National Catholic Reporter
The Independent Newsweekly
Issue Date:  May 16, 2003

Poles dispute ways of marking papal anniversary

Warsaw, Poland

A stage version of Pope John Paul II’s newly published poetry has opened in his native Poland after the collection sold out within days of its March release. Meanwhile, Catholic politicians have condemned a vote by the country’s Senate against plans to declare an annual “John Paul II Day” in October.

Speaking after the Warsaw premiere of “Roman Triptych,” the director, Ryszard Peryt, said he had used a simple set designed around an old school bench for the production, which had been prepared in record time after the book’s publication in Polish and Italian.

“I was overwhelmed when I saw this work of creation and resolved to present it as quickly as possible,” Peryt told KAI, Poland’s Catholic information agency. “The pope has given us a kind of encyclical in verse, so we wanted to portray it as a lesson from the Holy Father.”

Roman Triptych, composed in the summer and autumn of 2002, was released at simultaneous March 6 launches in Kraków, Poland, and Rome, and is the pope’s first published poetry since his 1978 election. Poland’s church-owned St Stanislaw publishers said 80 percent of the initial 300,000 Polish print run had sold out in advance orders, adding that before bookstores opened, lines had formed for the remaining copies of the 40-page collection.

Speaking before the Warsaw performance, Poland’s Nobel Prize-winning poet, Czeslaw Milosz, said he believed that “Roman Triptych” proved “religious poetry can be great poetry.”

“On the surface, these are only words,” the 92-year-old Milosz said. “But underneath them lies the whole of church teaching and Catholic dogmatics in their most concise form.”

Born at Wadowice in May 1920, the pope -- the former Karol Wojtyla -- holds honorary citizenship in more than 30 Polish cities, and has given his name to hundreds of streets, squares and schools across the country. In a survey three years ago, 58 percent of Poles described his election as the century’s most important world event, compared to a quarter who listed World War II and 14 percent the bombing of Hiroshima.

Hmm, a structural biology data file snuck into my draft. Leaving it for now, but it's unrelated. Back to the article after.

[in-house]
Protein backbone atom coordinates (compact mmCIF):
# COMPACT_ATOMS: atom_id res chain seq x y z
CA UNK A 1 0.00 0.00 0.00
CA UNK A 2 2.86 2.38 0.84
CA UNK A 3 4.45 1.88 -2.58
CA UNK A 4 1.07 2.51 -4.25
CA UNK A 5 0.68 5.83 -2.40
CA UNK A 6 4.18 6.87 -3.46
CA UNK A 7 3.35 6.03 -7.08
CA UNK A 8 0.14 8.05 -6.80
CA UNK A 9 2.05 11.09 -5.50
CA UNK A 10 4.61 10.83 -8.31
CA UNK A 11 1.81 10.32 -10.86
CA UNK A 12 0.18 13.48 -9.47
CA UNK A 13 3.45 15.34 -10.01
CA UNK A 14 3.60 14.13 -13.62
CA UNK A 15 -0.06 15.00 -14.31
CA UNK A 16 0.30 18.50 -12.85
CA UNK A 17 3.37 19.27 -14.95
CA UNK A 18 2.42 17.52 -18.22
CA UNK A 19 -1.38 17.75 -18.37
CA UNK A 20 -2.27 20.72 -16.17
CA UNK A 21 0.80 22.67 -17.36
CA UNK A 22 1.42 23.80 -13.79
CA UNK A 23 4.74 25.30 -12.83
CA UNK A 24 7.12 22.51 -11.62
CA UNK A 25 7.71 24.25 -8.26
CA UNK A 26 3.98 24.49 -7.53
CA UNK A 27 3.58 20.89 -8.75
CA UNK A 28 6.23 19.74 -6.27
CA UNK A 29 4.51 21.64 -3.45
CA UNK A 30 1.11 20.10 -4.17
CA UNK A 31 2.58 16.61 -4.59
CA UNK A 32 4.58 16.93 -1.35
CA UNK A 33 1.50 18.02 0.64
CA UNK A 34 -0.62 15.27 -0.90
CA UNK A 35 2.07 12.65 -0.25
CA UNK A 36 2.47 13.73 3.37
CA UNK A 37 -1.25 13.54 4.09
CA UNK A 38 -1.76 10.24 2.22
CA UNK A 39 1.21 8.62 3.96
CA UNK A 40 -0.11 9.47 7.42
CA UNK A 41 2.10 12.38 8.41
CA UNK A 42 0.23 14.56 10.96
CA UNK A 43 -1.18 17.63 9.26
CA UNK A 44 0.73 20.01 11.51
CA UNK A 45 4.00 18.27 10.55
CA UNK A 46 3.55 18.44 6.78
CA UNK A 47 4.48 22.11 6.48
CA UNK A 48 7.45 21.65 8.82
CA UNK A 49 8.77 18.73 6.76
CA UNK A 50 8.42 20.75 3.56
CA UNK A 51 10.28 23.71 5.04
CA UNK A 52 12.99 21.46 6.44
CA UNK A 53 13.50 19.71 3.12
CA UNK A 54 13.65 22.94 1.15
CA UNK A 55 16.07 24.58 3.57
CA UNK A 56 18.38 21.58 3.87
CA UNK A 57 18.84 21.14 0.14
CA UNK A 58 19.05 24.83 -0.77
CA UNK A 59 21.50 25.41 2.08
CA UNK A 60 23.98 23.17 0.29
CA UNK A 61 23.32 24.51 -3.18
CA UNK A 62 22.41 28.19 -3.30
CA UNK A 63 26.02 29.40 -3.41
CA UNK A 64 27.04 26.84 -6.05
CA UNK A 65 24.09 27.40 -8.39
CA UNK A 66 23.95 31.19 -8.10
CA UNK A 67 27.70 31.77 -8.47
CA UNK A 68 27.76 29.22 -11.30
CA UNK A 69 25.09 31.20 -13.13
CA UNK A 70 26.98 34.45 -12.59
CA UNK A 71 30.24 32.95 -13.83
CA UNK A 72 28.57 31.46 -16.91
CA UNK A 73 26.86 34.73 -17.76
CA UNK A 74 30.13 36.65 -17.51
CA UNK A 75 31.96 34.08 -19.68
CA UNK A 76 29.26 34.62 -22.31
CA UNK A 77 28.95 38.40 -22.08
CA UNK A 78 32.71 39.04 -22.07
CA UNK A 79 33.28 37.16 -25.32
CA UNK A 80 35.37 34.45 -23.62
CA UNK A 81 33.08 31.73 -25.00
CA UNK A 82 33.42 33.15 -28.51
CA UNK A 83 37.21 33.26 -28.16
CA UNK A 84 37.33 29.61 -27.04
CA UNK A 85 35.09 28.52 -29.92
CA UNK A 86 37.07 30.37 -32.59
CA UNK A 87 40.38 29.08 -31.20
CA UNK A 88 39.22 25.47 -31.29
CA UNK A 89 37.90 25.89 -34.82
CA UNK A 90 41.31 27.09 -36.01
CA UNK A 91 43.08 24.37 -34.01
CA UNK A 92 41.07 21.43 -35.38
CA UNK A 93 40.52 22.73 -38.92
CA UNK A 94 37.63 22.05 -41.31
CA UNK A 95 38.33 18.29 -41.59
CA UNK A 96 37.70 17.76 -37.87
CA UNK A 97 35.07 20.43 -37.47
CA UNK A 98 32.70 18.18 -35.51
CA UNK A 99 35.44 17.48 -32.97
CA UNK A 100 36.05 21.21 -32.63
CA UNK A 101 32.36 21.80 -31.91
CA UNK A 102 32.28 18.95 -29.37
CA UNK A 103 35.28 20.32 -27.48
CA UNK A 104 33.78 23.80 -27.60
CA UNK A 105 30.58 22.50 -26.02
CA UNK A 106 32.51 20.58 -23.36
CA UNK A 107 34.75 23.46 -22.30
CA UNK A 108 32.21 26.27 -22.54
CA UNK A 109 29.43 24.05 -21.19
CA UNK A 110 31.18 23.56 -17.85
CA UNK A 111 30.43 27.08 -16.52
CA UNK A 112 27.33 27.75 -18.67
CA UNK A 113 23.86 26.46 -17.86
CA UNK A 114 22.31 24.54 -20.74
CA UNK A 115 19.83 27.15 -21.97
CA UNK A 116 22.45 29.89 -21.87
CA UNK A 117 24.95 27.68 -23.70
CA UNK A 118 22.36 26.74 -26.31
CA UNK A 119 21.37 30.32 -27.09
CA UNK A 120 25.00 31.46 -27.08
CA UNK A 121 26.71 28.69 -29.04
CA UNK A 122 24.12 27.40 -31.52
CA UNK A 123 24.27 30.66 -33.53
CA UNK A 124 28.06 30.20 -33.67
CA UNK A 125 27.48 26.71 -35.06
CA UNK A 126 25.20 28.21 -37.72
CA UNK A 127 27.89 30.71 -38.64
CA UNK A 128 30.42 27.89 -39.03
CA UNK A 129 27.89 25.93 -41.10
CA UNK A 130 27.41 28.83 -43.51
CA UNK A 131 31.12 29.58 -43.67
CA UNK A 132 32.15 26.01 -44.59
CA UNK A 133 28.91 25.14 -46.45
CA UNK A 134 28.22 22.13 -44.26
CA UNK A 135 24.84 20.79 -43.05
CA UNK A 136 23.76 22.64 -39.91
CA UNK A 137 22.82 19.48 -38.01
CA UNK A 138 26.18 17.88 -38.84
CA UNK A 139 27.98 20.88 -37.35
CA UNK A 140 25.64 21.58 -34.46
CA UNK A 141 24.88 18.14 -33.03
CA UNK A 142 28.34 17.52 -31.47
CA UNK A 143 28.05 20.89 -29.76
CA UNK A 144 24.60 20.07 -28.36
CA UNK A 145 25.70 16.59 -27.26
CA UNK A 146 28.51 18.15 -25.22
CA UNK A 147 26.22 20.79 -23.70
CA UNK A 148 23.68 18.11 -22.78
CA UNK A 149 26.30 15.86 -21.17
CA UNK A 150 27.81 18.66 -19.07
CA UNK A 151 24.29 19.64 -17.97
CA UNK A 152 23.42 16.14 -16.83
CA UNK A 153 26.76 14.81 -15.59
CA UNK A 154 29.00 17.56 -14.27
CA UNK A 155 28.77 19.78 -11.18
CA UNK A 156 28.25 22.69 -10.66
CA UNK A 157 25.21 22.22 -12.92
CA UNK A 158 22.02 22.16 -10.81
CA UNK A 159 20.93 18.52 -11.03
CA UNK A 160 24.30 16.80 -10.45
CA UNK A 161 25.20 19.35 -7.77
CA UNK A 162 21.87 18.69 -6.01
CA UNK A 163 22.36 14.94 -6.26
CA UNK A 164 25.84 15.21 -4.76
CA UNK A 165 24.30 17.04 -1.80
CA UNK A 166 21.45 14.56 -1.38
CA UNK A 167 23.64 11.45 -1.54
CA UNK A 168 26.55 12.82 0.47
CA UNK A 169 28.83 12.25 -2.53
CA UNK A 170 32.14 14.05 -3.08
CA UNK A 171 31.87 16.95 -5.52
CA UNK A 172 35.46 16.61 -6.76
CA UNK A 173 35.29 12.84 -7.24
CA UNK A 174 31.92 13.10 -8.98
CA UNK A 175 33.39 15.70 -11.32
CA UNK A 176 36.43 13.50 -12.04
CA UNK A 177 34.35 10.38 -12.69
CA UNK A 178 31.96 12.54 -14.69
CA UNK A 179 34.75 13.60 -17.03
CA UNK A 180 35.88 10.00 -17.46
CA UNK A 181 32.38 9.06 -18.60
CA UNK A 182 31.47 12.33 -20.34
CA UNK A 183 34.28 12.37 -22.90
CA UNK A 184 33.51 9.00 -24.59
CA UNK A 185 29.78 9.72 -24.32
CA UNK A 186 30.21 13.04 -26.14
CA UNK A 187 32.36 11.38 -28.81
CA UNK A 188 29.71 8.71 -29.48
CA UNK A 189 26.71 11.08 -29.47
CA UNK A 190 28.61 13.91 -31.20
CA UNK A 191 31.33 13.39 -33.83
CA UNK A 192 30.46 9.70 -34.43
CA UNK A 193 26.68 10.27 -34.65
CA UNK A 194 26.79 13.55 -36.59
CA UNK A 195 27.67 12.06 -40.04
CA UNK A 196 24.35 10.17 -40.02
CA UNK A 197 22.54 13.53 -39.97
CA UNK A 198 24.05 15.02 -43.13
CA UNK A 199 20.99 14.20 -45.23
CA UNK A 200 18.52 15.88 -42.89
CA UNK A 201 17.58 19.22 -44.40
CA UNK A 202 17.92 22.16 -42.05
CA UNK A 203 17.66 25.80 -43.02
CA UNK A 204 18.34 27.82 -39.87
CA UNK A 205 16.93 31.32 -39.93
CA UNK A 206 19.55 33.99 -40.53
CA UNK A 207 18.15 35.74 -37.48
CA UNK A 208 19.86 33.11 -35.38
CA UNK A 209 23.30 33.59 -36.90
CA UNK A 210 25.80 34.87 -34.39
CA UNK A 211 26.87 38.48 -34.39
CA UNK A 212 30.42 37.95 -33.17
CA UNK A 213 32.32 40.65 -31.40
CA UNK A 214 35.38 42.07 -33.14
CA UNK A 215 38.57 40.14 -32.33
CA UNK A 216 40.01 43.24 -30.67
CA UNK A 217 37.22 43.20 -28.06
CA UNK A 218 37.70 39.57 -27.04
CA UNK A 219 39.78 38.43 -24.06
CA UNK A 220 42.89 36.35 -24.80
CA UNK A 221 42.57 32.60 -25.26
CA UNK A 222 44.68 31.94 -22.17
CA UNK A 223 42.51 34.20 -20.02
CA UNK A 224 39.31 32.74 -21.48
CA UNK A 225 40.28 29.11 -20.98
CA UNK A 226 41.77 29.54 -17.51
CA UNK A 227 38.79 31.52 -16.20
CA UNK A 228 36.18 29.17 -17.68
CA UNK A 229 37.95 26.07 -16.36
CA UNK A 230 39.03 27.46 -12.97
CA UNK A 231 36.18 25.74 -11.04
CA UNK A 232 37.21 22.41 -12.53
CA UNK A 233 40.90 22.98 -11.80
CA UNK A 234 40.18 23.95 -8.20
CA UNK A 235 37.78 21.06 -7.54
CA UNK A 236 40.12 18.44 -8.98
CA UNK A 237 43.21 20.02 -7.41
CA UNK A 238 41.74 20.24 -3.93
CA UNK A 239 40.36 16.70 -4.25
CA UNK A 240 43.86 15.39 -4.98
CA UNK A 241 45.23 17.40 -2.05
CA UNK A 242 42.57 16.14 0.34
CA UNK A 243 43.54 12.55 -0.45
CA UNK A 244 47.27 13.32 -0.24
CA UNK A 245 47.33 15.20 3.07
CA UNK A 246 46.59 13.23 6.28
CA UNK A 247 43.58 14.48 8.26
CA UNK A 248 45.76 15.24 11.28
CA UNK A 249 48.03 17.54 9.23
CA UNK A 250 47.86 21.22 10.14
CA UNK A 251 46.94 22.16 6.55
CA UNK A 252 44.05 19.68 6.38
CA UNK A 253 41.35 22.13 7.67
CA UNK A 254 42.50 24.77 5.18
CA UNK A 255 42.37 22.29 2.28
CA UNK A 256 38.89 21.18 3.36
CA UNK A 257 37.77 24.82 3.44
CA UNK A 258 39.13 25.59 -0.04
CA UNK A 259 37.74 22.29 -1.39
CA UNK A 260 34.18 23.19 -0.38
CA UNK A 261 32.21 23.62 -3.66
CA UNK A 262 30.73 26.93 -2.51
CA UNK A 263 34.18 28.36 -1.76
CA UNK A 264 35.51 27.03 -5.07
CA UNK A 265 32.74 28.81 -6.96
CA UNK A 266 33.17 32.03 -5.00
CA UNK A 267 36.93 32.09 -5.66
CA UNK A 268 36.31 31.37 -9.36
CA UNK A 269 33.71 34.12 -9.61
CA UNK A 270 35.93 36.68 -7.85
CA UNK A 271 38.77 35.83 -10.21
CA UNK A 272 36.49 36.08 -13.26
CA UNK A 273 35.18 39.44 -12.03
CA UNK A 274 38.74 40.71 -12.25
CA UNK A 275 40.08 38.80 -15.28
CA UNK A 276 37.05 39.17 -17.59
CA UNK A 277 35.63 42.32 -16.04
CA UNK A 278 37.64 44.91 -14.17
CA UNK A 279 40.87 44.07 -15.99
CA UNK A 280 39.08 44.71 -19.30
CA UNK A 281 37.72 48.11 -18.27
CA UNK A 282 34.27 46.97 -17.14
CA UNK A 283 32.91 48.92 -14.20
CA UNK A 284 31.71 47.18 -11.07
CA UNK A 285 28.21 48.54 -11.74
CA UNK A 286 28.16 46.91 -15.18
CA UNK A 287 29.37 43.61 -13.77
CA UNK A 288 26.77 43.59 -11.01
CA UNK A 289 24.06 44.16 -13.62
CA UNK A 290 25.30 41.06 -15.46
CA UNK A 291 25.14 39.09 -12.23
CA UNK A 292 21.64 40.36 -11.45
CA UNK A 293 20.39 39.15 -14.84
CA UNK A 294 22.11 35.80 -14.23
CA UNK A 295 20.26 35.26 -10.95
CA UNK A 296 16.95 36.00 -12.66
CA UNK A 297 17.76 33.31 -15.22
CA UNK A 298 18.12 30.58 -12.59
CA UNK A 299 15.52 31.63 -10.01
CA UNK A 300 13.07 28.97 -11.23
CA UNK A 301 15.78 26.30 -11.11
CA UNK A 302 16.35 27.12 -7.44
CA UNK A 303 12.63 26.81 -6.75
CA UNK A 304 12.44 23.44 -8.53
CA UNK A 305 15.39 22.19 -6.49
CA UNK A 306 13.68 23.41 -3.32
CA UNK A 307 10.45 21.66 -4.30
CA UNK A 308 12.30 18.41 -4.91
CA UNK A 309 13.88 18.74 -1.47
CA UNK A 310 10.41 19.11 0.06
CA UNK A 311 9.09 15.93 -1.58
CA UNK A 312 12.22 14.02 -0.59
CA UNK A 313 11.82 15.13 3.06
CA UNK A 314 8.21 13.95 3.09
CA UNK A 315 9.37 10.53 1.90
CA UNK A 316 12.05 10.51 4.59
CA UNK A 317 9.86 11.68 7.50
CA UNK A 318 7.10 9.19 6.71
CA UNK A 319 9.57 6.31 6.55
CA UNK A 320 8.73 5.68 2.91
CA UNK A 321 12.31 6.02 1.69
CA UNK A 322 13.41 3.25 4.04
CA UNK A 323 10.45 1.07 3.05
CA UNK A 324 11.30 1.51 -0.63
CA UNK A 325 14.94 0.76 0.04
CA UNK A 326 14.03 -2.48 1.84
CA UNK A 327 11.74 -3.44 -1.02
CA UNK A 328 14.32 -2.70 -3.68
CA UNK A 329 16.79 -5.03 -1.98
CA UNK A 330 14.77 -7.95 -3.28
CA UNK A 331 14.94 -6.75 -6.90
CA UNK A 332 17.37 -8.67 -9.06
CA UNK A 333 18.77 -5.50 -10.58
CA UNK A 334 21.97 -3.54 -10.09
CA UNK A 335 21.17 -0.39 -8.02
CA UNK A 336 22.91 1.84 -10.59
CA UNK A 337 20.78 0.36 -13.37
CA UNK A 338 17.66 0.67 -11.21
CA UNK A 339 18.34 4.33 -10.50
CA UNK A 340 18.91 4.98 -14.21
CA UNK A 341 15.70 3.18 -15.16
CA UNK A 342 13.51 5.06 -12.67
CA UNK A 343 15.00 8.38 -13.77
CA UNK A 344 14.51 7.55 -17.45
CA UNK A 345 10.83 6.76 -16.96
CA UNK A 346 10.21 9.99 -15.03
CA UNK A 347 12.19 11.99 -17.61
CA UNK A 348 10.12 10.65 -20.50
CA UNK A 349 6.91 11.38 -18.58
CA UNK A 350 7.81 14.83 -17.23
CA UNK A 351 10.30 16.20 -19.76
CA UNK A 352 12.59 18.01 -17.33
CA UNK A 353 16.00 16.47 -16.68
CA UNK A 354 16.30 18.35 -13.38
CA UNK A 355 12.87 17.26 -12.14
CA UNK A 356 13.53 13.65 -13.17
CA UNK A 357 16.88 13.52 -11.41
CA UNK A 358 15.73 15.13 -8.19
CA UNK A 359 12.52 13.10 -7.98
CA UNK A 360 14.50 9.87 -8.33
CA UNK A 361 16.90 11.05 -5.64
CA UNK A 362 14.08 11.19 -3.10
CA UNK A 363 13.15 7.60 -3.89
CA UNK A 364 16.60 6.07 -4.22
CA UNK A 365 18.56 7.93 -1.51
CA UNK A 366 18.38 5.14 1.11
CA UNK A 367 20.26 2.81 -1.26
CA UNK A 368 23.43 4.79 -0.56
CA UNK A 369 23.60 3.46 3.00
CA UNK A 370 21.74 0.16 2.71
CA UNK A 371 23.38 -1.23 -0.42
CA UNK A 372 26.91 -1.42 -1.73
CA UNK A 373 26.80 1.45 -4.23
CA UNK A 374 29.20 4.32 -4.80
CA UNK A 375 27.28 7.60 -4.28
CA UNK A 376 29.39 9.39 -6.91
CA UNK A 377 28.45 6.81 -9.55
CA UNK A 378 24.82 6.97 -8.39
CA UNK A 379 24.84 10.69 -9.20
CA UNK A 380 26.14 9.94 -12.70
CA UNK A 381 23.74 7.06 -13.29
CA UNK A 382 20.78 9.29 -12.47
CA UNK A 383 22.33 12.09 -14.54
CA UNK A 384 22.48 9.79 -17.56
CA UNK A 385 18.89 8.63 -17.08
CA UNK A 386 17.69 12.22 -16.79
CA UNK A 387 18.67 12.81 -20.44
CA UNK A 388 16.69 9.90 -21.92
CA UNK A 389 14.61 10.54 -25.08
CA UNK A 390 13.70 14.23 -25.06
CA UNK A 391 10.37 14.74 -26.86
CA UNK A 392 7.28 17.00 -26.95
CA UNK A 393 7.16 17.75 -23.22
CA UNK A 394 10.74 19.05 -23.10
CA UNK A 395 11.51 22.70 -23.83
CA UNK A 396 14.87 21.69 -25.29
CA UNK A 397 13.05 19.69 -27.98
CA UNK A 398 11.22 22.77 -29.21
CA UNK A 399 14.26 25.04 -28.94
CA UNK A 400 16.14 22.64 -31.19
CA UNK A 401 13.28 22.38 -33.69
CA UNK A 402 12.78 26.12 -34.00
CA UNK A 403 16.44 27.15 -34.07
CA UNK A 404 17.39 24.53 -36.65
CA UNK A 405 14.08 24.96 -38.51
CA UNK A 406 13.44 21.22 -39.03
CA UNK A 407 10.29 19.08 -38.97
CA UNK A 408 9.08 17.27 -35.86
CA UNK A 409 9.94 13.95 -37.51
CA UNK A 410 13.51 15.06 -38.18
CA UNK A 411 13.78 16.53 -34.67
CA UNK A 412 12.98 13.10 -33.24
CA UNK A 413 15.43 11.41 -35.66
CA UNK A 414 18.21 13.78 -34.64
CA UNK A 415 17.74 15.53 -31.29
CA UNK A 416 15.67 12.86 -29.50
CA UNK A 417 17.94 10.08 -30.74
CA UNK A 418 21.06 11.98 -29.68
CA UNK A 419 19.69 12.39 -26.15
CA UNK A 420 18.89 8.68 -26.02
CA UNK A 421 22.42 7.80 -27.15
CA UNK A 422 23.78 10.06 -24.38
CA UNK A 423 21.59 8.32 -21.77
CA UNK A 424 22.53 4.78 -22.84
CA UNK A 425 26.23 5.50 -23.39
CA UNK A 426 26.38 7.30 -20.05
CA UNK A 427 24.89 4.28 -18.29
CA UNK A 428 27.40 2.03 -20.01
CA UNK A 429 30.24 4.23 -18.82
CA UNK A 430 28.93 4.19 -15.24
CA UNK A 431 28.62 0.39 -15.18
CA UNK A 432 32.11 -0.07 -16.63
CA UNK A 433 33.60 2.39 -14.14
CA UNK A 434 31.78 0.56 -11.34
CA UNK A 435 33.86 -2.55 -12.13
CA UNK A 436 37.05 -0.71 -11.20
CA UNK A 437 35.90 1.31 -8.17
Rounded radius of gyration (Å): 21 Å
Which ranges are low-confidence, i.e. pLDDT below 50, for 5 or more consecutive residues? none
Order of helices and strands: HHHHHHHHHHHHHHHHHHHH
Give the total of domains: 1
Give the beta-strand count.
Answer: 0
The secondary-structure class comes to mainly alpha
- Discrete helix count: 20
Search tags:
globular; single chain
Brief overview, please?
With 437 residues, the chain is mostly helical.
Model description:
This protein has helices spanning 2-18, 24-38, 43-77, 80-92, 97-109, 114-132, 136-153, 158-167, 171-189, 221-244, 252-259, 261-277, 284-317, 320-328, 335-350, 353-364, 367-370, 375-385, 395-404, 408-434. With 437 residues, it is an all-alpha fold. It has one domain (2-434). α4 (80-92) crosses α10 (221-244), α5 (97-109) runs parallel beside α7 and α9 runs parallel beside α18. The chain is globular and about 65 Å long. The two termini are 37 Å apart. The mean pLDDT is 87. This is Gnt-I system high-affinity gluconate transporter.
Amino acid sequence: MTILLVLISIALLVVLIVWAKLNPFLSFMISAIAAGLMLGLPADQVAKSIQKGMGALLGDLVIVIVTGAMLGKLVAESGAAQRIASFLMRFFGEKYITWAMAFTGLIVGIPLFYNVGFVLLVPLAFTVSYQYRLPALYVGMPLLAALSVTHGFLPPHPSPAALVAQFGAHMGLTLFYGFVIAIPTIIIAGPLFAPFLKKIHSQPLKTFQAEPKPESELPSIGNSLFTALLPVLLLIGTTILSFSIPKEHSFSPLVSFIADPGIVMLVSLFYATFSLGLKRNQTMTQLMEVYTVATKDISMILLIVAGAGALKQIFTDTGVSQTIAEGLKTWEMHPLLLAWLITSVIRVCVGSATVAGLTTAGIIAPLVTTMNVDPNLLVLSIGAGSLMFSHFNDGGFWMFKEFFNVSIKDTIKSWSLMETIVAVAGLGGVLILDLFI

A church-government committee has been set up in Kraków, John Paul’s former see, to prepare celebrations for his 25th anniversary Oct. 16. However, Catholic politicians have condemned a vote by parliamentarians from Poland’s governing Democratic Left Alliance against having the date declared “John Paul II Day.”

“This was a sad day, when the Senate lost its chance to join in honoring the greatest figure in Polish history,” Krzysztof Piesiewicz, a pro-church Senate member, told the KAI agency. “This initiative wasn’t intended as a contest between believers and nonbelievers, but as a gesture toward someone whom all Poles, regardless of religious outlook, regard as a great man.”

Under the draft law, Oct. 16 would have been marked by efforts to popularize papal teachings, as well as social activities to fulfill John Paul’s “calls to inter-human solidarity and fraternity.” However, a Democratic Left Alliance senator, Maria Szyszkowska, said her party disputed parliament’s entitlement to “strengthen someone’s authority through a law,” and believed politicians would be better occupied “tackling the problem of poverty.” She added that ex-communists had also questioned the draft’s description of the pope’s pronouncements as “the seed of changes which led to the rebuilding of a democratic Polish state” in 1989.

“Parliament should not use the term ‘Holy Father’ in an official text, since this has a religious meaning and not all Poles are Catholics,” Szyszkowska said.

“Obviously, the pope contributed to the regime change in Poland through his attitude -- but not through his teachings, which are little known here.”

Jonathan Luxmoore is a freelance writer living in Warsaw, Poland.

National Catholic Reporter, May 16, 2003

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